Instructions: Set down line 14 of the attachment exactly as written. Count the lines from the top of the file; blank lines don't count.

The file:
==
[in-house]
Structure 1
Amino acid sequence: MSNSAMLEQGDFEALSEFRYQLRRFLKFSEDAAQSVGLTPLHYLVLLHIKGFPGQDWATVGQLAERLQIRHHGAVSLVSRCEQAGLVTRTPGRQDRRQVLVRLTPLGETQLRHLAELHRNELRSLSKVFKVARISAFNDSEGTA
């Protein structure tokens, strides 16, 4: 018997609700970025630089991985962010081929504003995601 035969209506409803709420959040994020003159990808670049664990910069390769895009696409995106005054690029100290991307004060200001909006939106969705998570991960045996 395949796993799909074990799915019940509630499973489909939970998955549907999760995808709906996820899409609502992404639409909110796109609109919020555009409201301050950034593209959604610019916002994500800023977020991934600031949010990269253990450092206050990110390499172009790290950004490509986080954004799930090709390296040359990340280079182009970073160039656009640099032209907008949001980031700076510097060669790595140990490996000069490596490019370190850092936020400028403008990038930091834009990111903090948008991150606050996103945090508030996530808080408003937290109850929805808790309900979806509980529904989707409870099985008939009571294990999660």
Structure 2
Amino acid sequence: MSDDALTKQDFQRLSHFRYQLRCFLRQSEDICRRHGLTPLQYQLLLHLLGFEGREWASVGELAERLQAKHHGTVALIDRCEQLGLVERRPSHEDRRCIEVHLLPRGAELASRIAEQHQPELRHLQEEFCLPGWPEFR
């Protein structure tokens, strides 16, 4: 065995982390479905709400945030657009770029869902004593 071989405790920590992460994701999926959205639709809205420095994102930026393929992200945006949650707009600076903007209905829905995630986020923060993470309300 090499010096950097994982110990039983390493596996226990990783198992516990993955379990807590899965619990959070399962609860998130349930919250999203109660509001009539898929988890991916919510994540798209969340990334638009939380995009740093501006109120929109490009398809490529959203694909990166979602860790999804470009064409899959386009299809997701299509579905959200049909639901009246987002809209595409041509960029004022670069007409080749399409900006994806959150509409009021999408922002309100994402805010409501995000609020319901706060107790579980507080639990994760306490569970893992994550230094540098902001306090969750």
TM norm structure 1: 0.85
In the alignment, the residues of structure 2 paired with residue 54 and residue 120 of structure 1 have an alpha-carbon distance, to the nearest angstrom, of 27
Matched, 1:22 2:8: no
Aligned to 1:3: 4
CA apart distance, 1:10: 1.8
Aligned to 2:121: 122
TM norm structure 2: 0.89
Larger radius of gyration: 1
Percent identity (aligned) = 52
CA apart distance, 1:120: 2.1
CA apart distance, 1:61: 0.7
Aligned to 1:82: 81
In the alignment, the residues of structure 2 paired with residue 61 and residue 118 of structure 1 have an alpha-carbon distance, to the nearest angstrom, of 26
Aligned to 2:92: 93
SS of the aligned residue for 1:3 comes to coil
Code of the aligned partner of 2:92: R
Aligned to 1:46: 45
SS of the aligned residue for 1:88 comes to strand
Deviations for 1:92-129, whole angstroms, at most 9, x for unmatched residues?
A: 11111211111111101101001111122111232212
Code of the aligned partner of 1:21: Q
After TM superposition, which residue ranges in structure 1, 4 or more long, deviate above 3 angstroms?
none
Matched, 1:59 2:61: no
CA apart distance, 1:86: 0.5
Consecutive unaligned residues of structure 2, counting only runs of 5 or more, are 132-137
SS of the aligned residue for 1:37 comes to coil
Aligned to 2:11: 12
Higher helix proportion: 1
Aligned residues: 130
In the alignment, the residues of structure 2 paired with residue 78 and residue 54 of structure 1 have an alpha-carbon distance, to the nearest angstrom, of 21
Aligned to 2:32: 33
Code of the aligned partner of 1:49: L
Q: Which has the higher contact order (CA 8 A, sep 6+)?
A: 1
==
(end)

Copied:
TM norm structure 2: 0.89